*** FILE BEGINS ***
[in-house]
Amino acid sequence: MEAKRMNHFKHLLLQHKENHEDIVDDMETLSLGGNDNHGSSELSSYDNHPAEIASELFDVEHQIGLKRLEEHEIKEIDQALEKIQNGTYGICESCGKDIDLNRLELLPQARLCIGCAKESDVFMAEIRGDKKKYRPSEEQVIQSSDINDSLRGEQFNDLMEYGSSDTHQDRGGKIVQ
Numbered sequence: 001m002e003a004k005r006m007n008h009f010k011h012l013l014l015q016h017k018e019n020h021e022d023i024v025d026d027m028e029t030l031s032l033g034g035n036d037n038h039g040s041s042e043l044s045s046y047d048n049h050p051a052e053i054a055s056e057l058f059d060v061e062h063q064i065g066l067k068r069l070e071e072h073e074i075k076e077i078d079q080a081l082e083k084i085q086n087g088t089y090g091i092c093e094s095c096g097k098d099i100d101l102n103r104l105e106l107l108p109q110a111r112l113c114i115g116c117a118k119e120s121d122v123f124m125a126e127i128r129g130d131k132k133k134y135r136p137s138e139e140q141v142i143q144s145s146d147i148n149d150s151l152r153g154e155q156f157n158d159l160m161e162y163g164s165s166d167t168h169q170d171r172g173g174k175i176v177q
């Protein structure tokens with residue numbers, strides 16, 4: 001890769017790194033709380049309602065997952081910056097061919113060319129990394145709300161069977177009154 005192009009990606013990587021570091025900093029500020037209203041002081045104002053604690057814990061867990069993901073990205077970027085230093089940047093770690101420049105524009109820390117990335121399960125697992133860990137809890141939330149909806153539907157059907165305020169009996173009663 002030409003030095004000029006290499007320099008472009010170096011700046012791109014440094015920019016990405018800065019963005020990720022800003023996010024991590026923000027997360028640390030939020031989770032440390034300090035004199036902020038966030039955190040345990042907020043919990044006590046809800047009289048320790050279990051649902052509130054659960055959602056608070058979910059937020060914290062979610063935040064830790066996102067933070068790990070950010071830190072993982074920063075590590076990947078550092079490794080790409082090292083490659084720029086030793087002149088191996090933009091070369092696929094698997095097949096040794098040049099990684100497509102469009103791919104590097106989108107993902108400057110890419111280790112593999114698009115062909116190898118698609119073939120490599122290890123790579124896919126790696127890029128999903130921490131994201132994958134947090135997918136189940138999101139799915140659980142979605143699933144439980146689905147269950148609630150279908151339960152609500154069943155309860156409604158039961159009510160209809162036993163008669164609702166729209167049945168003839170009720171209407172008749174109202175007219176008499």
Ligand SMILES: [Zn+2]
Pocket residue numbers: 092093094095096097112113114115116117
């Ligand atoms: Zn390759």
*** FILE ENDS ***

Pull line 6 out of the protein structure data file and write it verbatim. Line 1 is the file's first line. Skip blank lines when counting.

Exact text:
Pocket residue numbers: 092093094095096097112113114115116117